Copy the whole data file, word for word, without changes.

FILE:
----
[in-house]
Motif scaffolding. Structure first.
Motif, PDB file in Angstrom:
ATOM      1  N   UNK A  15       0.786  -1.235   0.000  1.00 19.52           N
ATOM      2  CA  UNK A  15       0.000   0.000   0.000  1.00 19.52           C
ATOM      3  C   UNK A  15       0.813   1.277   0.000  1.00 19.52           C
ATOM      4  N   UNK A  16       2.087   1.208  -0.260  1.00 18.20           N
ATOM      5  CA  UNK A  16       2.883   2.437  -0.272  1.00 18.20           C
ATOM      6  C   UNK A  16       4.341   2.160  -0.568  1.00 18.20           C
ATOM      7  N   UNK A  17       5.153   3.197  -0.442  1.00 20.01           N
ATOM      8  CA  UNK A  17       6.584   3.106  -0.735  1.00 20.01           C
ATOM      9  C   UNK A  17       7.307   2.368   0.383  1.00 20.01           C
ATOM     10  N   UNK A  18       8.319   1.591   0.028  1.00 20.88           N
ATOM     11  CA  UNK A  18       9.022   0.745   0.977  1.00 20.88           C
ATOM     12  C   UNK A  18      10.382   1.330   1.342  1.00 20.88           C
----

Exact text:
[in-house]
Motif scaffolding. Structure first.
Motif, PDB file in Angstrom:
ATOM      1  N   UNK A  15       0.786  -1.235   0.000  1.00 19.52           N
ATOM      2  CA  UNK A  15       0.000   0.000   0.000  1.00 19.52           C
ATOM      3  C   UNK A  15       0.813   1.277   0.000  1.00 19.52           C
ATOM      4  N   UNK A  16       2.087   1.208  -0.260  1.00 18.20           N
ATOM      5  CA  UNK A  16       2.883   2.437  -0.272  1.00 18.20           C
ATOM      6  C   UNK A  16       4.341   2.160  -0.568  1.00 18.20           C
ATOM      7  N   UNK A  17       5.153   3.197  -0.442  1.00 20.01           N
ATOM      8  CA  UNK A  17       6.584   3.106  -0.735  1.00 20.01           C
ATOM      9  C   UNK A  17       7.307   2.368   0.383  1.00 20.01           C
ATOM     10  N   UNK A  18       8.319   1.591   0.028  1.00 20.88           N
ATOM     11  CA  UNK A  18       9.022   0.745   0.977  1.00 20.88           C
ATOM     12  C   UNK A  18      10.382   1.330   1.342  1.00 20.88           C